Mainstream Media is Slowly Learning That Catcalls Are Not Compliments
Students in Pennsylvania chalked their college campus with this spring. Photo by Paul Weaver, via Creative Commons.
Last week, the New York Post published an article last week with the headline “Hey, Ladies—Catcalls are Flattering! Deal With It.” The article, sadly, was not a joke. The piece provoked an immediate flurry of articles voicing the opposite point of view not only on feminist and liberal outlets and blogs, but also in outlets like Time and USA Today. I was surprised to see street harassment get so much attention in mainstream media.
Seven years ago this month, I turned in my master’s thesis on street harassment at George Washington University. Soon afterward, I found myself in the public eye for the first time when a CNN story that mentioned my thesis landed on their homepage. The headline read “Catcalling: Creepy or a Compliment?” I was dismayed they had given equal credence to the belief that the offensive behavior that all of my female friends and family members and I had experienced and hated was complimentary.
The article was followed by commenters that mostly leaned toward the “compliment” side of this debate, as did the authors of some of the blog posts I saw written in response to the article. The misinformation I saw spreading about street harassment, which was barely in the media at then, is largely what led me to launch StopStreetHarassment.org that month, write a book on the topic, and author numerous op-eds and articles explaining why this is a serious issue.
Over the past year or two, I’ve been amazed by how much the conversation about street harassment in the media has shifted, with just a few disappointing exceptions like the NY Post article, a recent piece from Fox about “letting men be men,” and an NPR segment last year titled “Catcalling: Ignore it or Enjoy It?” The numerous it’s-not-a-compliment articles in response to the NY Post piece are one example of this shift. Another piece of proof? Earlier this week, Playboy published a clever flowchart about catcalls and consent on the street. When I began speaking out on this issue, I never would have thought Playboy and I would be on the same side of the issue.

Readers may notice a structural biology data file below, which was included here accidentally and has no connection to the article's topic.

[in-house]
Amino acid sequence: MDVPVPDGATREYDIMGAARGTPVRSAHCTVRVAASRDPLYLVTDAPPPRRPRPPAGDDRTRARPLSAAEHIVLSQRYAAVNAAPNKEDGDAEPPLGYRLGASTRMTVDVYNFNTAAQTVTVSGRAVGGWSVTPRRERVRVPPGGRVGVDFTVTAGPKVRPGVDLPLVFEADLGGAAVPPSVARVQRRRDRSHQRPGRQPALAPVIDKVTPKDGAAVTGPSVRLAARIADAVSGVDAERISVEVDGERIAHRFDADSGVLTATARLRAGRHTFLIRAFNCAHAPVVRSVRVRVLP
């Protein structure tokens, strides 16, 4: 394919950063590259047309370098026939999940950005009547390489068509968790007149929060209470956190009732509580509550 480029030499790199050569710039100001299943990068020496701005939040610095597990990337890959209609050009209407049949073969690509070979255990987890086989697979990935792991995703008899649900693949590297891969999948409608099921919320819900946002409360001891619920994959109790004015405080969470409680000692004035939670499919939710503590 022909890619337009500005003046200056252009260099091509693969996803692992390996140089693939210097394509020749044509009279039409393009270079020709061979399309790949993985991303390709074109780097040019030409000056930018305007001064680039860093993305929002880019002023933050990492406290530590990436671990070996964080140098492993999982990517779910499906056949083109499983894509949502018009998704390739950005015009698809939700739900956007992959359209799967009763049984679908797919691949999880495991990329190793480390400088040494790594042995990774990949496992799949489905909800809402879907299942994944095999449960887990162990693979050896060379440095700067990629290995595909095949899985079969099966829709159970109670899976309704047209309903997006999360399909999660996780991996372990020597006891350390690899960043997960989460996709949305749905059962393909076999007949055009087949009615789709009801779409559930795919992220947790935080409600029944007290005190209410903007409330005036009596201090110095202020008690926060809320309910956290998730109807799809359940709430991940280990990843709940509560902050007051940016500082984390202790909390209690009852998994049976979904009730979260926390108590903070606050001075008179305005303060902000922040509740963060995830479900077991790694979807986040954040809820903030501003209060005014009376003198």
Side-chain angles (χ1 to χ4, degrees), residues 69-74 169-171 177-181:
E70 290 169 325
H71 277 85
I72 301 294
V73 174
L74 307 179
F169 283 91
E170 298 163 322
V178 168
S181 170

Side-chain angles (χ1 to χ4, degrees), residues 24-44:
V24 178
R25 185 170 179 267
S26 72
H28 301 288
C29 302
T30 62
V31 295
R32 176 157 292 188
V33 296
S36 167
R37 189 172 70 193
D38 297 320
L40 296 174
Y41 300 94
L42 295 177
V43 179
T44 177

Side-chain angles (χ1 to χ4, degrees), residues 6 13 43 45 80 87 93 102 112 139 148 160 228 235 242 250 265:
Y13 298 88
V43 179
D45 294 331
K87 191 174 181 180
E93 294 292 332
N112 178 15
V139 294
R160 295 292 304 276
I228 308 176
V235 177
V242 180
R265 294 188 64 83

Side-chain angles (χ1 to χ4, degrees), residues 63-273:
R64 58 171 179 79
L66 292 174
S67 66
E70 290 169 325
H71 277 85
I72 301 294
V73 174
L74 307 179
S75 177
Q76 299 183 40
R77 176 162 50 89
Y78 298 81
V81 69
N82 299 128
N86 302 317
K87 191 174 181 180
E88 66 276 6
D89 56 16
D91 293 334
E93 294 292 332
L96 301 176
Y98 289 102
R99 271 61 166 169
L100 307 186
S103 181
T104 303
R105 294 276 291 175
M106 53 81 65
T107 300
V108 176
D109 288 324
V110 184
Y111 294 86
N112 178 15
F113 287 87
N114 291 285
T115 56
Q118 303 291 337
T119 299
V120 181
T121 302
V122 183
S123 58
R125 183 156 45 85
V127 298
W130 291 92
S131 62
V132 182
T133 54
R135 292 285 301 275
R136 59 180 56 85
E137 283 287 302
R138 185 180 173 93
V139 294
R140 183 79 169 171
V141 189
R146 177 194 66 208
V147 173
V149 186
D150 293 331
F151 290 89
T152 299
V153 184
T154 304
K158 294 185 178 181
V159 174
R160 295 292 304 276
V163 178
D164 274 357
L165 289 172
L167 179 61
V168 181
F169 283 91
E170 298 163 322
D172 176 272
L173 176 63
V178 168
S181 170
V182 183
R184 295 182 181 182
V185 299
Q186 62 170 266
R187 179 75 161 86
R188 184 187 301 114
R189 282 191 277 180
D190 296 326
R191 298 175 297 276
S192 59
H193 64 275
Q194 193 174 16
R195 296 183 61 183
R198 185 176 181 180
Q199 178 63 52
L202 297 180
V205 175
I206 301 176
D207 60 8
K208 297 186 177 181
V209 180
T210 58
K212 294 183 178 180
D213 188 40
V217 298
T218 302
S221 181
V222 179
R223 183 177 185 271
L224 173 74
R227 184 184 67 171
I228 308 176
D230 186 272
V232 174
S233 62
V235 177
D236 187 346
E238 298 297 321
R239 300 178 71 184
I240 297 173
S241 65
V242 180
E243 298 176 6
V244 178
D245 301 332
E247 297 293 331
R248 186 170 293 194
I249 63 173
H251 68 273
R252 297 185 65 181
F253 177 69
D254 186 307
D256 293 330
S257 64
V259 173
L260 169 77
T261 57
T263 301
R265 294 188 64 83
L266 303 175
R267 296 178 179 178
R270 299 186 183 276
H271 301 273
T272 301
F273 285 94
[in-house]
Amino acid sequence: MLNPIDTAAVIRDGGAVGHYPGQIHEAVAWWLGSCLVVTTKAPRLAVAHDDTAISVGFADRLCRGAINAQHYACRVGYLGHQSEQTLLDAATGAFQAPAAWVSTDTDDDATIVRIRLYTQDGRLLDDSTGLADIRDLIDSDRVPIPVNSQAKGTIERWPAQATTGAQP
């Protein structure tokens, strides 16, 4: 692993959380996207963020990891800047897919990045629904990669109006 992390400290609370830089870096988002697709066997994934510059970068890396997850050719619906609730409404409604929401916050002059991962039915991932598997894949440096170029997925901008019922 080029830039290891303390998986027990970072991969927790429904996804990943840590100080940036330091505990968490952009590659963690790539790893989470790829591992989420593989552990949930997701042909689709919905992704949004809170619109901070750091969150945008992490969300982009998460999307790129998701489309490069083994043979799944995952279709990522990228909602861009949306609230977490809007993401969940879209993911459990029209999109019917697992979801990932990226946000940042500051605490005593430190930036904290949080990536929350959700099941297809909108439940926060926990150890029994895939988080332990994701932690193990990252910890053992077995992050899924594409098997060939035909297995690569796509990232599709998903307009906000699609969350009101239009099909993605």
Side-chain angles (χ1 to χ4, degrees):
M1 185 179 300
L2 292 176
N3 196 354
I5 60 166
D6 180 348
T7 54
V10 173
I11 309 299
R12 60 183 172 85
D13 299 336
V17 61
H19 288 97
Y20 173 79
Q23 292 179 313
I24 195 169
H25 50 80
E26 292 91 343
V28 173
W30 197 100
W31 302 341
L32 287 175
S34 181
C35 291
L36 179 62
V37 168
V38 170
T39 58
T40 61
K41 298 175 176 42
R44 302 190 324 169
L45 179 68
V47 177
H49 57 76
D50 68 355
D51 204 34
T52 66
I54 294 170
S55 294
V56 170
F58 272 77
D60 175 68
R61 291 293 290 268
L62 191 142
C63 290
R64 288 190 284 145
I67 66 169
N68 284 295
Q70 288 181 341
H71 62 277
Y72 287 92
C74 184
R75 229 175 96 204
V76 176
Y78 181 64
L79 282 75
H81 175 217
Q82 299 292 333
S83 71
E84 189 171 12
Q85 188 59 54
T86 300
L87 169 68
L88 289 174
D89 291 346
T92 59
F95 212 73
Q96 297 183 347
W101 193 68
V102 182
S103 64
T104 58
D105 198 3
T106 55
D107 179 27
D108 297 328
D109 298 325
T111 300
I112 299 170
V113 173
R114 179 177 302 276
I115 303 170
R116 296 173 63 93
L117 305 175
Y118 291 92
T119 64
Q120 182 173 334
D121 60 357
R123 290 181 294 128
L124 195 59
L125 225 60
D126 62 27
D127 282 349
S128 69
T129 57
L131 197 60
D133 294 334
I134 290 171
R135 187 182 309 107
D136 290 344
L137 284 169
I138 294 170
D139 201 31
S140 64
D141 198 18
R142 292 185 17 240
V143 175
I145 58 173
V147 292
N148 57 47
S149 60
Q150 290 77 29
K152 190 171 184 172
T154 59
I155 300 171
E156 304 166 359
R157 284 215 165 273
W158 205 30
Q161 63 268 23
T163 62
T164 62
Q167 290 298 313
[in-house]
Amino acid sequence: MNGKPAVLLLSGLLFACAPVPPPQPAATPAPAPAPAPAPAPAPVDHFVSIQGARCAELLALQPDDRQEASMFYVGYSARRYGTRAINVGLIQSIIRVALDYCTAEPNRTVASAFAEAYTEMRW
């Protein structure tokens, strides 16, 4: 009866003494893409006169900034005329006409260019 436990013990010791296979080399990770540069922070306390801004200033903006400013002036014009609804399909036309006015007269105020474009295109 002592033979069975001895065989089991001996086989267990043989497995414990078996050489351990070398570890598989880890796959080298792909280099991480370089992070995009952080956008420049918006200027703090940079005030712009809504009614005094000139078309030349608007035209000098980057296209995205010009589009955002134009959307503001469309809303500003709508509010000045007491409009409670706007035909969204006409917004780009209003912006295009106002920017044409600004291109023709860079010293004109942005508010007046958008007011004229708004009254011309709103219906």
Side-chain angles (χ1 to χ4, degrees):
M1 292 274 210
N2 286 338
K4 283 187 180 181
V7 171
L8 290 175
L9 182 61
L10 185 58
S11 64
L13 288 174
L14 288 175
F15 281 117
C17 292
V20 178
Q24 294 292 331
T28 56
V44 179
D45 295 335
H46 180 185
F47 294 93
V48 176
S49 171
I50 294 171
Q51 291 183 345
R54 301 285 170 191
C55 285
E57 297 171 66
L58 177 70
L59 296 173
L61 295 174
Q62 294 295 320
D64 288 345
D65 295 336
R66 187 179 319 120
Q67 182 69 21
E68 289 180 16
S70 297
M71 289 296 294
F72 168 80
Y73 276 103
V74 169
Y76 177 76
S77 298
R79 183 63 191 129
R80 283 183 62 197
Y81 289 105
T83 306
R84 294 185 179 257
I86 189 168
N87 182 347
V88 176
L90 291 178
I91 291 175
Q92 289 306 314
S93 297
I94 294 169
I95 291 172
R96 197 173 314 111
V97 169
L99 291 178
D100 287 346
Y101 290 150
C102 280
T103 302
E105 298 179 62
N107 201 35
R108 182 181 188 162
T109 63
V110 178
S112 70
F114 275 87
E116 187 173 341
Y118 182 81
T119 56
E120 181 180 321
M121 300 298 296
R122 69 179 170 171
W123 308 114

Social media has certainly helped push mainstream media in the right direction on street harassment. The growth of social media, personal, and community blogs, and more news outlets focusing on under-represented voices is allowing affected people to bring their street harassment stories forward every day. The constant outpouring of stories on all online media platforms is, I believe, what is changing the conversation so that the majority of the population no longer sees street harassment as complimentary.
But there are still ways that media can improve in its representation of street harassment. Lately, it’s stock photos that have my attention.
Based on the stock photos many outlets use to illustrate articles about street harassment, you’d think it was only white, thin, pretty women in their late teens or early 20s wearing revealing or tight clothing who face street harassment. Oh, and they’re usually on darkened streets or next to construction sites. For recent examples, see articles by Time, The Atlantic, Alternet, HuffPost Live, Shape, Bustle, and Elle.
Stock photos recetly used to illustrate articles on street harassment show all white, young women.
While there is no doubt that this demographic of women is harassed and assaulted—as a white woman who dealt with harassment daily while in that age group, I can personally attest to this—they are far from the only ones. From my website alone you can learn that street harassment impacts 7-year-olds, young teenage girls, middle-age women, older women, fat women, “ugly” women, women in wheelchairs, women wearing coats, women with eating disorders, gay and bisexual men, transgender individuals, African American lesbians, African American women of all sexual orientations, Asian American women, Native women, Muslim women, African American young men, Latino young men, and on and on.